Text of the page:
An Post blames Brexit and EU customs for delivery issues following criticism

Customers report lengthy delays or not receiving their parcels

An Post has blamed Brexit and EU customs rules for a deluge of complaints about parcels not being delivered to customers in Ireland or left languishing for weeks in sorting offices.

A large number of people have taken to social media to berate the State-owned postal operator as confusion reigns over what it calls “stringent” new rules governing the delivery of goods into the European Union which took effect over the summer.

Some have claimed weddings and Christenings have been impacted or delayed as they wait up to weeks for items to arrive or they have been returned to the sender without being delivered at all.

On Twitter, one customer said: “I’m waiting on my shoes for my wedding and I’m waiting on a response from you for over a week now,” she posted.


“I’ve emailed twice, tried ringing but the phone is engaged and tweeted twice. Have you lost my wedding shoes?”

Another person asked An Post on Twitter: “Can someone please reply to my messages. I am waiting on a package for my wedding that I need urgently and I’ve been getting no replies to messages or emails.”

Lullaby Lane, a UK-based online shop selling baby clothes and accessories, said Irish customers “have been fantastic but it is heartbreaking when Christenings have been cancelled because An Post are holding on to/sending back their Christening outfits.”

Significant delays

An Post said the introduction of an EU customs requirement in July for “additional electronic documentation” on goods coming into the EU from outside has led to “significant delays” or customers “not receiving their goods at all”.

It declined to detail the scale of the backlog, how long it will take to clear or how many parcels are being returned to non-EU senders as a result.

Customers in Ireland buying from “smaller or specialist non-EU retailers and in particular smaller/specialist British retailers” are being particularly impacted, it said as they are not aware of requirements.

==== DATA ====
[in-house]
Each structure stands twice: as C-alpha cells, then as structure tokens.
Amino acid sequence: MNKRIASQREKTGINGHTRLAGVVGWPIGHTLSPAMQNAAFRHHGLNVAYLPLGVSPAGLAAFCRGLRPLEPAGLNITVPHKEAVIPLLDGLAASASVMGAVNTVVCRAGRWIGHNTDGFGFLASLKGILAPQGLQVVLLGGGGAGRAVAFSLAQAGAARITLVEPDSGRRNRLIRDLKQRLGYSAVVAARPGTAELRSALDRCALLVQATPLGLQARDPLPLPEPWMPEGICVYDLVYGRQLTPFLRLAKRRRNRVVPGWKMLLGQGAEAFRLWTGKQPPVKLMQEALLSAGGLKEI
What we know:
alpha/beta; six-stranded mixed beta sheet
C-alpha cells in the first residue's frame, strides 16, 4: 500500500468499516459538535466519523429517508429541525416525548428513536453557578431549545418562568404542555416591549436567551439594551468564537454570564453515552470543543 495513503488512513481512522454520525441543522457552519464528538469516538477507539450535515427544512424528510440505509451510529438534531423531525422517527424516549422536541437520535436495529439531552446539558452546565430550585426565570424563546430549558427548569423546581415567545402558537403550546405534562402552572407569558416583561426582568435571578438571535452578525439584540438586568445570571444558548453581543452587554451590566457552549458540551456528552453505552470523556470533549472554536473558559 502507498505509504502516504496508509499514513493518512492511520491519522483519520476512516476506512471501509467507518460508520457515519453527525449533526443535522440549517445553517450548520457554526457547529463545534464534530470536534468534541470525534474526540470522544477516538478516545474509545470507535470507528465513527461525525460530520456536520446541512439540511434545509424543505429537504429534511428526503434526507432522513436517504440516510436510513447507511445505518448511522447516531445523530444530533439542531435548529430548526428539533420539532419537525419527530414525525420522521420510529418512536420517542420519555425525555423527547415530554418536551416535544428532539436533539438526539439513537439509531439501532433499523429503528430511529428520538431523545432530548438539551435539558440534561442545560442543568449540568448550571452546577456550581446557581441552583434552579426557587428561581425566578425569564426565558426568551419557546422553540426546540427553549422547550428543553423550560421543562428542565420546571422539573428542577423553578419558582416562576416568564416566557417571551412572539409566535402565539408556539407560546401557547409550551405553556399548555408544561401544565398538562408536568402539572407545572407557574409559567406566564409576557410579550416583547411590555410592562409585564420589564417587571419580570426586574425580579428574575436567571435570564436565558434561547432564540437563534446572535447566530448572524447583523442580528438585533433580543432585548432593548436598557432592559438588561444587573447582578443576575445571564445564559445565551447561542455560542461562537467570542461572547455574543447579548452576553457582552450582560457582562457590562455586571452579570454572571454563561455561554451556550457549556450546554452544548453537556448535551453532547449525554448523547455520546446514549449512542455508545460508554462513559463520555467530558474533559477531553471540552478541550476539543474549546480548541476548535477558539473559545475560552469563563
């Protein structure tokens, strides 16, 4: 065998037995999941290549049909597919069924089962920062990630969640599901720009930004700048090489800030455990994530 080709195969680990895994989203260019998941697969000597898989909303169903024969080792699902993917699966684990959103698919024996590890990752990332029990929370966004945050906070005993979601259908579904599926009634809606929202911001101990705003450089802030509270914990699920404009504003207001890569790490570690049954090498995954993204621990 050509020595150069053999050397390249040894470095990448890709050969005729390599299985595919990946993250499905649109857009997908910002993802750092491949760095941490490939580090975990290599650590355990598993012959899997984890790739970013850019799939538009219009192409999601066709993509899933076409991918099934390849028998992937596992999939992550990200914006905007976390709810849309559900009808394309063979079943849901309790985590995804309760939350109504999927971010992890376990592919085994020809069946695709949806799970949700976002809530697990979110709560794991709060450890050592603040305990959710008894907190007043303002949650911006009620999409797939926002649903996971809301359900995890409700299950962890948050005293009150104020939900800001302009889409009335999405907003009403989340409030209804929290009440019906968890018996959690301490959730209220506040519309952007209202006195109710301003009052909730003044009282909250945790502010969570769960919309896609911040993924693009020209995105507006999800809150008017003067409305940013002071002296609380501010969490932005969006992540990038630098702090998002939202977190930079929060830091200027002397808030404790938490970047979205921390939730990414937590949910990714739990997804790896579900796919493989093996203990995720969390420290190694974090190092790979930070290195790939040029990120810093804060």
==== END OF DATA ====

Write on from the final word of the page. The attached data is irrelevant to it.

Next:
“This is giving rise to customs delays when these parcels arrive in Ireland and/or the items having to be returned to sender because the necessary electronic data is missing or incomplete, or the contents are restricted or prohibited.”. The spokeswoman said there were no such issues shopping online in Ireland, from other EU countries or with major retailers in Britain.

Gift parcels being sent by family and friends in Britain to Irish addresses are also being impacted. An Post said it is working with Irish Customs, Royal Mail and other non-EU carriers to help resolve the issues and will be providing advice to consumers on avoiding some pitfalls that leads to non-delivery or delay.

An Post advised customer getting parcels from non-EU countries to check the senders are completing appropriate documentation.

Customs clearance

One complainant on Twitter said: "Three of my packages from Japan have been returned to their senders since August. What is going on?! I have plenty of friends from the EU who aren't having any 'custom' related issues since July 1."

Another said: “I don’t understand how a small brown envelope with just paper inside can be going through customs clearance at all. Let alone for over a week. Is every handwritten letter or birthday card being treated this way? It doesn’t make sense?”

Revenue said postal operators or courier businesses delivering imported goods are required to complete “relevant customs import declarations on behalf of the importer”. It said these declarations are based on information provided to by the exporting party. It said where postal operators don’t have enough information they can contact the exporter or importer to get it.

“The postal operator or courier service may also choose to re-export the goods to the country of origin if they do not have sufficient information to ensure the completion of the import declaration.”